Man with a question mark on his head. Hearing aids have stopped working.

 

If you’ve had hearing aids for more than a while, you’ve covered the basics. You’ve got the right fit, you’ve worked with a hearing specialist so they’re properly tuned, and you have the care routine down. Should be smooth sailing–and better hearing–from here on out, right? But sometimes the seas get rough (okay, we’ll drop the boat metaphor now!). If your hearing aids aren’t working, here’s what could be wrong–and how to fix it.

The Batteries Are Dead

It’s so obvious that you probably already checked–but then again, maybe it’s so obvious it’s the one thing you overlooked. Check that your hearing aid batteries have enough juice. (A hearing aid battery tester is a worthy investment if you don’t have one–and you can find them online for less than ten bucks.) If they appear charged but you don’t feel like you’re getting power, it may be time to replace them. Even rechargeable hearing aid batteries have a limited lifespan.

There’s Wax Stuck in There

Yes, it’s gross, but it’s going to happen–after all, earwax is your ears’ best line of defense against anything that gets in your ears. They don’t know that your hearing aids are just there to help, and so especially when you’re relatively new to wearing hearing aids, your ears are likely to produce excessive wax. Make sure that there isn’t wax (or any other foreign substance, for that matter!) stuck in or on any part of your hearing aids. You can buy a hearing aid cleaning kit, but you can also use cotton swabs and/or a microfiber cloth (like the kind you use to clean a computer’s screen) to do some tidying.

It Doesn’t Fit Anymore

If you’re suddenly getting whistling sounds or (ouch!) feedback, the way your hearing aids fit your ears could be the problem. Those awful noises you’re hearing are sound that’s reverberating within your ear and going back through the hearing aid’s microphone again–it’s like having a front-row seat to a rock concert you never wanted to attend. When hearing aids fit properly, you won’t hear feedback. If you’ve had your hearing aids for a while, it’s possible that there’s a mechanical flaw–the most common example is that the plastic tubing has shrunken or cracked, so the mold or dome doesn’t sit as snugly as it once did. If you think this might be the trouble, it’s a good idea to check in with your hearing specialist.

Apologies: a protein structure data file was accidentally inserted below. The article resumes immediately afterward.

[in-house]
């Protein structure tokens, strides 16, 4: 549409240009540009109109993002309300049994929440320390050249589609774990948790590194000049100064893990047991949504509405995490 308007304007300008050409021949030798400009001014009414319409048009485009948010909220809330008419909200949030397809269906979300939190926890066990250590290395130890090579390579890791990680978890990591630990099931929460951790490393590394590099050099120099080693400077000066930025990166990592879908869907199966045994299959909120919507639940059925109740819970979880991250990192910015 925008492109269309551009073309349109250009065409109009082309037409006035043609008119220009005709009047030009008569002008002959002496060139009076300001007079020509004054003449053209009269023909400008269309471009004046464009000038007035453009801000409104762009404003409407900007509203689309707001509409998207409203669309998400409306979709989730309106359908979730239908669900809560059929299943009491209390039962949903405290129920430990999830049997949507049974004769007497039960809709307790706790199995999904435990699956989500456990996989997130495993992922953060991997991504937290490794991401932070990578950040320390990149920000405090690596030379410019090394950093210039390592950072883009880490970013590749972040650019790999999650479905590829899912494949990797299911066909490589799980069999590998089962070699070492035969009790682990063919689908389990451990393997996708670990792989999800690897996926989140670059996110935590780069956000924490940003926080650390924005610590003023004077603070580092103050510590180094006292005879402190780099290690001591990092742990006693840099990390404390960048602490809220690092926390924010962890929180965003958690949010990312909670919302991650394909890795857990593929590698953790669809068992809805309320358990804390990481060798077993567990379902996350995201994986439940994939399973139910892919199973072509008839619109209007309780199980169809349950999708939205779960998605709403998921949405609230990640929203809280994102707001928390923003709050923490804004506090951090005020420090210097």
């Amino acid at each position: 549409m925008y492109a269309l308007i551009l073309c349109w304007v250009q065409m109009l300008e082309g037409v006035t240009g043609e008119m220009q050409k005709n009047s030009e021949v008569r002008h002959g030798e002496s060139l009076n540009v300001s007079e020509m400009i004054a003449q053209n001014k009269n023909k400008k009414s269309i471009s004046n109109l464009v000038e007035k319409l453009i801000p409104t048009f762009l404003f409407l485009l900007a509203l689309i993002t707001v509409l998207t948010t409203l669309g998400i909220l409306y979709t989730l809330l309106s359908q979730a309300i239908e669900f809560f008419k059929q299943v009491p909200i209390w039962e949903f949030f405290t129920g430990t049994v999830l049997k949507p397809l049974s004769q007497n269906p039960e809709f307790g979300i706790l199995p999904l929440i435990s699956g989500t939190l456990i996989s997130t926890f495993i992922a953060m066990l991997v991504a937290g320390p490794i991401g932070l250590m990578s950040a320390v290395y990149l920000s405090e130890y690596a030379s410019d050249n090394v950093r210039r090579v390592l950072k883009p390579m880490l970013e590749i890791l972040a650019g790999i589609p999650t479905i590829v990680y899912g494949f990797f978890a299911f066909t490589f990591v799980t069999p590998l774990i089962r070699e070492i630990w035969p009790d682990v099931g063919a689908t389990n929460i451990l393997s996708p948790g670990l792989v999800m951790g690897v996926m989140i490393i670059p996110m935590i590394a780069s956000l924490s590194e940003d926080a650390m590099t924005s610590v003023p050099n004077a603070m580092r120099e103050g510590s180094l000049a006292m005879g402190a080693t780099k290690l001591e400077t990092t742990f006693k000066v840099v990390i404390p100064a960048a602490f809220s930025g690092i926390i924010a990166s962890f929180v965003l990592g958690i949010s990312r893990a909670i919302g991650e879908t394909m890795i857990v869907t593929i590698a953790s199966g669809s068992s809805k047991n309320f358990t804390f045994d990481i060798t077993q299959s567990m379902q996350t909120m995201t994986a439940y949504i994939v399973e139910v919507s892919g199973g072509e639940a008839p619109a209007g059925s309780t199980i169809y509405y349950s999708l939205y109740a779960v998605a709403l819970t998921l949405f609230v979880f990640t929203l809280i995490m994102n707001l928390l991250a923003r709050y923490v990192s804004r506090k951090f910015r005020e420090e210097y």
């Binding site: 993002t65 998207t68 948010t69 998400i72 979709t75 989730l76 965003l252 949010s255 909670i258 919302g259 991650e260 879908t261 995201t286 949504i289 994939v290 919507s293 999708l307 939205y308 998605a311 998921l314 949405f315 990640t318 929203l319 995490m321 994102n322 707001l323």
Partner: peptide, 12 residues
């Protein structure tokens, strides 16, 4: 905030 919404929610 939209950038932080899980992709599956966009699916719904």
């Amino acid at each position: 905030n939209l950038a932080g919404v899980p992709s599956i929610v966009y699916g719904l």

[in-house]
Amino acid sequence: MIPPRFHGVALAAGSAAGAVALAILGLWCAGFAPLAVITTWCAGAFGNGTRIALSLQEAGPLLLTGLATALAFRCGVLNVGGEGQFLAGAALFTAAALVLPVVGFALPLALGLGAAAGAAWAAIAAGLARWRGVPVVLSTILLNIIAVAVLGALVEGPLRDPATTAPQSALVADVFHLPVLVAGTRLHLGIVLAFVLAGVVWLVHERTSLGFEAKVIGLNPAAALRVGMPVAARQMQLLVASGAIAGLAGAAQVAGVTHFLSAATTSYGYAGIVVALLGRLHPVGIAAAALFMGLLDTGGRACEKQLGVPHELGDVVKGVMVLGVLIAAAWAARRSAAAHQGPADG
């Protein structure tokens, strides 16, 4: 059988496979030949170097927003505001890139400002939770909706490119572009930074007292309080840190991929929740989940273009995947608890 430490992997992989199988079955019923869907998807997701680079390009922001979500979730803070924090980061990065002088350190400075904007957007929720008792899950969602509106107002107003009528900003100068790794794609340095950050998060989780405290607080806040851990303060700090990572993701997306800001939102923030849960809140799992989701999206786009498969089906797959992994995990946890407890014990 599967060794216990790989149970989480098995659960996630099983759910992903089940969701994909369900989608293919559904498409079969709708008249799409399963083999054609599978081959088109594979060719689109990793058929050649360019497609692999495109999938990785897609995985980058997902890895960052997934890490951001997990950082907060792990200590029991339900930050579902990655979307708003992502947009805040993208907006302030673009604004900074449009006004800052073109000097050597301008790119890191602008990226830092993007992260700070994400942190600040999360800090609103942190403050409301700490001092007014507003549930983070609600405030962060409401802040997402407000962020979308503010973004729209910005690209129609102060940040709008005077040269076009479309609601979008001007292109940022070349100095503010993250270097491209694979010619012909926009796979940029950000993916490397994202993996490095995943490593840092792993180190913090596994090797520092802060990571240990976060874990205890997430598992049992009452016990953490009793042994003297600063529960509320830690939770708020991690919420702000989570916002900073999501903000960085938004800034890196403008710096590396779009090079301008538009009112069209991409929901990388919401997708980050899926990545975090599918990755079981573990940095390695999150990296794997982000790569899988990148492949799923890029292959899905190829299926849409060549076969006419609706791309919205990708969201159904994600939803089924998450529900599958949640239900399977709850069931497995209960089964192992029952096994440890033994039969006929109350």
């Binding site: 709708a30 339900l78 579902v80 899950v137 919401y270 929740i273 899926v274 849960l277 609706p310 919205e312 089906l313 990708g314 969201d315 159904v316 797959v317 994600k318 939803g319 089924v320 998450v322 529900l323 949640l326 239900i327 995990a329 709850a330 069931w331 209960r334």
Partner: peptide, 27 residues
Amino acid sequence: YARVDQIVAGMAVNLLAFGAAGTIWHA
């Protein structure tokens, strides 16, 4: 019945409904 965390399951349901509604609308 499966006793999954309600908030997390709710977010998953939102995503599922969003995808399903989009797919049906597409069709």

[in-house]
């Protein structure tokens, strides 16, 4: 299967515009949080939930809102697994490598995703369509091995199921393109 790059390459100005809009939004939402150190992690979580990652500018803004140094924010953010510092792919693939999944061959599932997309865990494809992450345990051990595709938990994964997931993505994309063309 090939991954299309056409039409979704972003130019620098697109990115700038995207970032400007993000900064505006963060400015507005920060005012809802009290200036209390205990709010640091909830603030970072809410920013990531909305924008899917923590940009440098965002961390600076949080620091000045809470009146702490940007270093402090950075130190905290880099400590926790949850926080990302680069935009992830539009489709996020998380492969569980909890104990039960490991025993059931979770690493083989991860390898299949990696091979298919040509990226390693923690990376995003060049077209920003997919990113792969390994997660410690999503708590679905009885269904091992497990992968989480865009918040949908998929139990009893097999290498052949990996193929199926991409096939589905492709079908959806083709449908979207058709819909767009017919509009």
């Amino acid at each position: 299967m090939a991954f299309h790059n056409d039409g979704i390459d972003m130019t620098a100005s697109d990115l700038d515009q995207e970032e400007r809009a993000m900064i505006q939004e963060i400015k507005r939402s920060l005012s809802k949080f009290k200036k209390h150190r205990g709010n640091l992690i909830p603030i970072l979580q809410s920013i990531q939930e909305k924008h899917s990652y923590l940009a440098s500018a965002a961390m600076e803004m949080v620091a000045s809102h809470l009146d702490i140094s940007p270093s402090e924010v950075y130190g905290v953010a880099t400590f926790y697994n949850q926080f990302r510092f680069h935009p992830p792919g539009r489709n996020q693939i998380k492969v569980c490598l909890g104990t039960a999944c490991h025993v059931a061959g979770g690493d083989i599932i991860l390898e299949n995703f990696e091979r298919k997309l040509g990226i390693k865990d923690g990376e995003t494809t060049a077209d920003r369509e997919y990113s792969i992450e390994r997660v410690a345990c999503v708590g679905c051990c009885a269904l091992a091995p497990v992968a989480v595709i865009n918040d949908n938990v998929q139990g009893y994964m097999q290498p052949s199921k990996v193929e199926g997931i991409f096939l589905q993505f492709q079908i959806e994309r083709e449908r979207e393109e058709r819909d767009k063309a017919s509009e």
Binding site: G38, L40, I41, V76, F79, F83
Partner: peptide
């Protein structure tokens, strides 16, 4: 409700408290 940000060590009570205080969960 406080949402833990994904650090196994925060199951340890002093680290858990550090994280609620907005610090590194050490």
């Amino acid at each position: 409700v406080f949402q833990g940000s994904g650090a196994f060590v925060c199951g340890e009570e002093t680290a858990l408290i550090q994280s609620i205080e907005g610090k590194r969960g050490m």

It Got Wet

You know to remove your hearing aids before you hop in the shower–let alone the pool–but much smaller amounts of moisture can also be problematic. Say you took a tour of a super-humid spot like a greenhouse or even just handled your hearing aids with wet hands–that could be enough to cause a malfunction. Take out the batteries and allow your hearing aids to air out overnight in a cool, dry place. Don’t use heat to try to accelerate drying; even a hair dryer can cause damage to the delicate components.

You Dropped It

And speaking of delicate… if you dropped one of your hearing aids, even just onto the bathroom counter, that could be enough to cause damage. (A more intense plunge, like dropping it on uncarpeted flooring, would be even worse.) If reading this is making you remember that oh yeah, you did fumble one of your hearing aids recently, it may be worth visiting a hearing specialist to make sure everything’s mechanically okay. And just to ensure your hearing aids’ future safety, make sure that when you place or remove your hearing aids you’re over a soft surface. An easy fix? Put a plush towel on the table or countertop, so that if you have a butterfingers moment, your hearing aid will have a cushy landing–and you’ll have one less thing to stress about.

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